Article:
REDS DVD box art | ©Paramount Pictures Home Entertainment

REDS DVD box art | ©Paramount Pictures Home Entertainment

There have been many movies that have lost out on nabbing that Best Picture Oscar, but 1981’s REDS was probably the most glaring snub. Even though it was nominated for 12 awards and writer-director-producer and actor Warren Beatty won Best Director, the film ultimately lost out to CHARIOTS OF FIRE.

Now, 30 years later, it’s clear that REDS was the more deserving movie which transformed the life of Socialist activist, writer and journalist John Reed into a sprawling three and a half hour saga.

To honor its anniversary, the 2011 TCM Film Festival had a special screening Saturday night, and it was a reminder of what a great film this truly was. It also showcased how Beatty didn’t candy coat the subject and created, at its heart, a very romantic story between Reed and Louise Bryant (Diane Keaton) which was always the anchor when dialogue, politics and history were rattled off at a rapid pace.

Warren Beatty was in attendance at the screening, and after the film, his good friend Alec Baldwin moderated a special discussion afterwards. What transpired was a rather fun and lively discussion. Having Baldwin at the helm, really made Beatty relaxed and much more forthcoming than he normally is in interviews (though he still does his trademark trailing off on random tangents). Even more surprising was Beatty’s willingness to stay longer and answer questions from the audience, even though another screening was scheduled shortly thereafter.

The following are some of the highlights from that conversation.

On wanting to bring John Reed’s story to life …
“I thought it was a good character,” says Beatty. “I was in Moscow at one point, and they tried to get me to make a movie about John Reed and I didn’t like what they had. [I thought] “This is not good – to let the Russians make this movie.” Then I began the research process. I never liked the idea of playing him because he was a cheerleader at Harvard from that famous class of 1901.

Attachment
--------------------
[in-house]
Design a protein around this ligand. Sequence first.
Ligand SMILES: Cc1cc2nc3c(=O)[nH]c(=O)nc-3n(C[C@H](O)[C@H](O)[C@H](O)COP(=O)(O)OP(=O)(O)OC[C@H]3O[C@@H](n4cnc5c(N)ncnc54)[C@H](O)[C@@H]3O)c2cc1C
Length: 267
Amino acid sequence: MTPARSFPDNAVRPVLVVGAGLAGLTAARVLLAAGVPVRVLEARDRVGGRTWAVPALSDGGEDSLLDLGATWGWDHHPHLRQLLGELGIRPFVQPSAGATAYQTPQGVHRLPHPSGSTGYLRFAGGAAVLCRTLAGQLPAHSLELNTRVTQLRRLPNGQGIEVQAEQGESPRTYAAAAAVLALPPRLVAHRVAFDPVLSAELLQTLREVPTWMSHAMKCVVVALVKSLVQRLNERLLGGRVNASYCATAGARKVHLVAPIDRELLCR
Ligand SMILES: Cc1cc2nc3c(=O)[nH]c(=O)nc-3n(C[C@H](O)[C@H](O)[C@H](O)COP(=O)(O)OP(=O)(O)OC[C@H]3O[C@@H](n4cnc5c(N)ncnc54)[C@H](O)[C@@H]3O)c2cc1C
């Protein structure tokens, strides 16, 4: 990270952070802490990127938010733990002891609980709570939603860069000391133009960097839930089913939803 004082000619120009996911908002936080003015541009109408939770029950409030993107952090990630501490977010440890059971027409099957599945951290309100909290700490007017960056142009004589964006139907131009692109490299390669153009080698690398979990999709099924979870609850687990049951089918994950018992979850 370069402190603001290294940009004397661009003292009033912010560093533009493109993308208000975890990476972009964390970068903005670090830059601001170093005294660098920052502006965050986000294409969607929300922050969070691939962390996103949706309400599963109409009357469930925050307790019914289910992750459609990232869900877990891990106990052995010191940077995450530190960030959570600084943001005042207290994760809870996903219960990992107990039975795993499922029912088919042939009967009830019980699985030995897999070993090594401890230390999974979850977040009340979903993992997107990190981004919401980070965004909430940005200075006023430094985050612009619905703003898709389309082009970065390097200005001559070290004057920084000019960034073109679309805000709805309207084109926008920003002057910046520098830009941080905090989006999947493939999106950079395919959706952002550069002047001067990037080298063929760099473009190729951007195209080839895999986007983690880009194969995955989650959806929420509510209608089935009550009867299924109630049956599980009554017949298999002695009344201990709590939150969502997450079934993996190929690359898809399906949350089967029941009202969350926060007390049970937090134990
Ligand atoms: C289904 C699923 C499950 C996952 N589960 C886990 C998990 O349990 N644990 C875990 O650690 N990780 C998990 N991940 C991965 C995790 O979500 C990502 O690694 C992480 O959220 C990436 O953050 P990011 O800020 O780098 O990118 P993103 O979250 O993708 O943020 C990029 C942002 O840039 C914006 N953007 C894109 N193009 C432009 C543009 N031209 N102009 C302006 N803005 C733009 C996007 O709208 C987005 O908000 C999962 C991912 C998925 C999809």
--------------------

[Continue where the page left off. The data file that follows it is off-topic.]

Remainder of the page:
On the conflicting information and testimonies regarding John Reed that Beatty discovered during his research …
“Henry Ford says ‘history is bunk,’” notes Beatty. “And Winston Churchill said, ‘History will be very kind to me, because I intend to write it. “I found all these conflicting testimonies to be particularly interesting to me. I’ve done a few bio pics. I did BONNIE AND CLYDE and BUGSY. There is no real solid. You take liberties in developing a story. You take what you think it means and what’s important to you.”

“There is a story there and it gives you a spine you have to go with it and somehow it adds up to something,” continues Beatty. “We all have our lives and what interested me at that point was the personal life, the political life and artistic life and they are all in conflict with each other. It’s interesting for me to see it here, when you see the way things have to happens now to open [a movie] on 3000 screens rather than a few screens. You can’t take the liberties we took on this. You can’t risk boring an audience for much of a time. [REDS] was the last movie with an intermission.”

After Beatty had a big commercial hit of HEAVEN CAN WAIT for Paramount, he took the film to that studio first … but wanted Charles Blühdorn whose company Gulf + Western owned Paramount at the time to sign off on it …

“We went to New York and I had what I guess was a script and gave it to Charlie to read,” recalls Beatty. “I sat outside, the way you sit outside a dentist’s office – just sit and wait. [Studio Chairman] Barry [Diller] and Michael Eisner were there and they looked with fear on this thing, I went in and met with Charlie. He said, ‘how much is this thing going to cost?’ I said ‘I don’t know.’ I said ‘I know someone else will make it, but I wanted to bring it to you first because you’ve been very good to me. He said, ‘Let’s say it was going to cost $30 million dollars, tell you what [I’d like you] to do. Take $30 million, go to Mexico, spend $1 million and keep $29 million for yourself, just don’t make this picture.’ And I said, ‘no, I’m going to make this movie Charlie … I think it’s a good movie. There are the people to admire in this,’ and they said, ‘we’ll make this movie.’”

On directing, acting and producing a movie ..
“It can’t be done,” says Beatty. “You can’t do it, but it’s sometimes better than the alternative. The job is to be out of control as an actor, but the job as a director is to be in control … I always would rather have somebody else do it. It’s hard for someone to see that you meant. On this movie. I didn’t even try. I knew what I was going to do and what I was going to do on it.”

On casting …